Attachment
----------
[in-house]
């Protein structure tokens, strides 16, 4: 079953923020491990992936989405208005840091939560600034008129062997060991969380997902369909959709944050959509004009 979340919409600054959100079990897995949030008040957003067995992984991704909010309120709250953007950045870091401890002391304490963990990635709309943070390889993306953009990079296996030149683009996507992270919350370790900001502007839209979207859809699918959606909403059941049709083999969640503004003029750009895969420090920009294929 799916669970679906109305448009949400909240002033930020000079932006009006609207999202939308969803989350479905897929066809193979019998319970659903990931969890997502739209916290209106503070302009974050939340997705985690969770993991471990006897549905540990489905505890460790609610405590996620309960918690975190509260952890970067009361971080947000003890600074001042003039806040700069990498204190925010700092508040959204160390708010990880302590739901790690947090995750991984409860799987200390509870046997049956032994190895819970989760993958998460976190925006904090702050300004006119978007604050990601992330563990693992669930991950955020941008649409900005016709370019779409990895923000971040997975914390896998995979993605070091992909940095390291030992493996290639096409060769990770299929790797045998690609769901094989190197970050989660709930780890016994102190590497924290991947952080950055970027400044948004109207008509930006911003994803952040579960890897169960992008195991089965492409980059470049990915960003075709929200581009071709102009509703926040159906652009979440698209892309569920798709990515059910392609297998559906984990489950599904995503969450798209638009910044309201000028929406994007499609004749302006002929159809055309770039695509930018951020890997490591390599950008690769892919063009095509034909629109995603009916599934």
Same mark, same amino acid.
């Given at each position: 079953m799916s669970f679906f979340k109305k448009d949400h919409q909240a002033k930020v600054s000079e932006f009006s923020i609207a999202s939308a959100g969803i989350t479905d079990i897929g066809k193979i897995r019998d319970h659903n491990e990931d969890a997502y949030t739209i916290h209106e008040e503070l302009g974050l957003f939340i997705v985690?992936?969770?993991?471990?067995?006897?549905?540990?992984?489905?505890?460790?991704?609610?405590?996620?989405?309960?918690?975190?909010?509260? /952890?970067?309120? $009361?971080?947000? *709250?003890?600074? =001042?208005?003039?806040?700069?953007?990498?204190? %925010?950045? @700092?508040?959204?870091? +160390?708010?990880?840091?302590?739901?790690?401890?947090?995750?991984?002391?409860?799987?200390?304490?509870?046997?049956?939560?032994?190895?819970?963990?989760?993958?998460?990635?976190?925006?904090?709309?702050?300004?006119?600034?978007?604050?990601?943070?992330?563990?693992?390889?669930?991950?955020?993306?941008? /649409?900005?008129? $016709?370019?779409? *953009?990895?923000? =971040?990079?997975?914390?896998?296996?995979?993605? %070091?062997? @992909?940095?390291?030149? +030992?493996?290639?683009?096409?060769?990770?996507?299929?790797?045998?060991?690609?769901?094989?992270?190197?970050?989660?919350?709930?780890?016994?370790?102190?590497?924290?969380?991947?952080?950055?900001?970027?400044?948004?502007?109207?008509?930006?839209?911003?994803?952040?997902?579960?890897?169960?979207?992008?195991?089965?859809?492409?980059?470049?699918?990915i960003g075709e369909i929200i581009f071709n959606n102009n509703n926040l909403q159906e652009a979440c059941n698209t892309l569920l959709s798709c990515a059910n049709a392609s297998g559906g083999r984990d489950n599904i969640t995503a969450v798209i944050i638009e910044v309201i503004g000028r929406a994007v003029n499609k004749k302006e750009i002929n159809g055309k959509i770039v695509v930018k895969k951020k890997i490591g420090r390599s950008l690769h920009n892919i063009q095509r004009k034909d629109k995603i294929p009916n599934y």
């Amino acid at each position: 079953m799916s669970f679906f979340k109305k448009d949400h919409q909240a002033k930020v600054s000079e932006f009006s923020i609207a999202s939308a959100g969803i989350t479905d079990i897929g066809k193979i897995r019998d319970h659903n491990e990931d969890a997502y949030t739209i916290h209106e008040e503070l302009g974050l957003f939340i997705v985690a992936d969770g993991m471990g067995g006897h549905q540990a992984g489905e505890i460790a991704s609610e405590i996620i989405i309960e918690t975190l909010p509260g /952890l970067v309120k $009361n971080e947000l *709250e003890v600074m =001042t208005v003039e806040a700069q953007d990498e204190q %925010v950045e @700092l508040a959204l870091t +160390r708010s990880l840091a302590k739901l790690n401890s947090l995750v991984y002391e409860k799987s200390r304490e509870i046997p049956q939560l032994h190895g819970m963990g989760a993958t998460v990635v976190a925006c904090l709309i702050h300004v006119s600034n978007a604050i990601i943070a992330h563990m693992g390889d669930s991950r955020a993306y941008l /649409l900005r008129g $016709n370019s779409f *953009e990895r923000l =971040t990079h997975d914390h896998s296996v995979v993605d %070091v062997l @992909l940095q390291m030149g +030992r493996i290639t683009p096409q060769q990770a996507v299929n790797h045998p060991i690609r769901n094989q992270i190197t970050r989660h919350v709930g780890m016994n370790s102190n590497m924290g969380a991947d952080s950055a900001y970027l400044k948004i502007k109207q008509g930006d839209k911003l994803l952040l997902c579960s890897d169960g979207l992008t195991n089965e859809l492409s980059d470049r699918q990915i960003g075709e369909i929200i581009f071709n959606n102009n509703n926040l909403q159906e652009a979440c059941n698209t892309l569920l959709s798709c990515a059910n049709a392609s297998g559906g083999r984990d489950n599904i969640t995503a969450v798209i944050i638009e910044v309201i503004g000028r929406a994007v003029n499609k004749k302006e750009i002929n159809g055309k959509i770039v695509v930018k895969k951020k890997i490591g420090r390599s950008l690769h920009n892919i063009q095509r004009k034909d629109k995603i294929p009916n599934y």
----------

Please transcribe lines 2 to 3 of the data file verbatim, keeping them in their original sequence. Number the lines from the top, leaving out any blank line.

């Protein structure tokens, strides 16, 4: 079953923020491990992936989405208005840091939560600034008129062997060991969380997902369909959709944050959509004009 979340919409600054959100079990897995949030008040957003067995992984991704909010309120709250953007950045870091401890002391304490963990990635709309943070390889993306953009990079296996030149683009996507992270919350370790900001502007839209979207859809699918959606909403059941049709083999969640503004003029750009895969420090920009294929 799916669970679906109305448009949400909240002033930020000079932006009006609207999202939308969803989350479905897929066809193979019998319970659903990931969890997502739209916290209106503070302009974050939340997705985690969770993991471990006897549905540990489905505890460790609610405590996620309960918690975190509260952890970067009361971080947000003890600074001042003039806040700069990498204190925010700092508040959204160390708010990880302590739901790690947090995750991984409860799987200390509870046997049956032994190895819970989760993958998460976190925006904090702050300004006119978007604050990601992330563990693992669930991950955020941008649409900005016709370019779409990895923000971040997975914390896998995979993605070091992909940095390291030992493996290639096409060769990770299929790797045998690609769901094989190197970050989660709930780890016994102190590497924290991947952080950055970027400044948004109207008509930006911003994803952040579960890897169960992008195991089965492409980059470049990915960003075709929200581009071709102009509703926040159906652009979440698209892309569920798709990515059910392609297998559906984990489950599904995503969450798209638009910044309201000028929406994007499609004749302006002929159809055309770039695509930018951020890997490591390599950008690769892919063009095509034909629109995603009916599934």
Same mark, same amino acid.